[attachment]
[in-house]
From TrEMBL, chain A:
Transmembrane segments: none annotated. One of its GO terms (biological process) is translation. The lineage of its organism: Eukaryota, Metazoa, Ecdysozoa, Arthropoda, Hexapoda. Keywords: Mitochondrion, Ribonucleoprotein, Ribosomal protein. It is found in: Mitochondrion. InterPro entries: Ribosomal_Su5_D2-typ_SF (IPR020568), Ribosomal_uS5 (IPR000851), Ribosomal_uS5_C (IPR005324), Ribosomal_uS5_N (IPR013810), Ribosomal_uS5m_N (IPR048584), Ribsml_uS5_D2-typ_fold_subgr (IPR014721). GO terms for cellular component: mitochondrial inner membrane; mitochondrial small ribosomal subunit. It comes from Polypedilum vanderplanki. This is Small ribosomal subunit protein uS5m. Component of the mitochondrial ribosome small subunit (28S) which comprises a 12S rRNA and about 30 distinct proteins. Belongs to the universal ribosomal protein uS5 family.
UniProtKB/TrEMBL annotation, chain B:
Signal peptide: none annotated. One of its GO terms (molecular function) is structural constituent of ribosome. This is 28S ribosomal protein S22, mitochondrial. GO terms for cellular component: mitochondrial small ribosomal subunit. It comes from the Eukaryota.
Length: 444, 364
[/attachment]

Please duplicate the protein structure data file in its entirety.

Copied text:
[in-house]
From TrEMBL, chain A:
Transmembrane segments: none annotated. One of its GO terms (biological process) is translation. The lineage of its organism: Eukaryota, Metazoa, Ecdysozoa, Arthropoda, Hexapoda. Keywords: Mitochondrion, Ribonucleoprotein, Ribosomal protein. It is found in: Mitochondrion. InterPro entries: Ribosomal_Su5_D2-typ_SF (IPR020568), Ribosomal_uS5 (IPR000851), Ribosomal_uS5_C (IPR005324), Ribosomal_uS5_N (IPR013810), Ribosomal_uS5m_N (IPR048584), Ribsml_uS5_D2-typ_fold_subgr (IPR014721). GO terms for cellular component: mitochondrial inner membrane; mitochondrial small ribosomal subunit. It comes from Polypedilum vanderplanki. This is Small ribosomal subunit protein uS5m. Component of the mitochondrial ribosome small subunit (28S) which comprises a 12S rRNA and about 30 distinct proteins. Belongs to the universal ribosomal protein uS5 family.
UniProtKB/TrEMBL annotation, chain B:
Signal peptide: none annotated. One of its GO terms (molecular function) is structural constituent of ribosome. This is 28S ribosomal protein S22, mitochondrial. GO terms for cellular component: mitochondrial small ribosomal subunit. It comes from the Eukaryota.
Length: 444, 364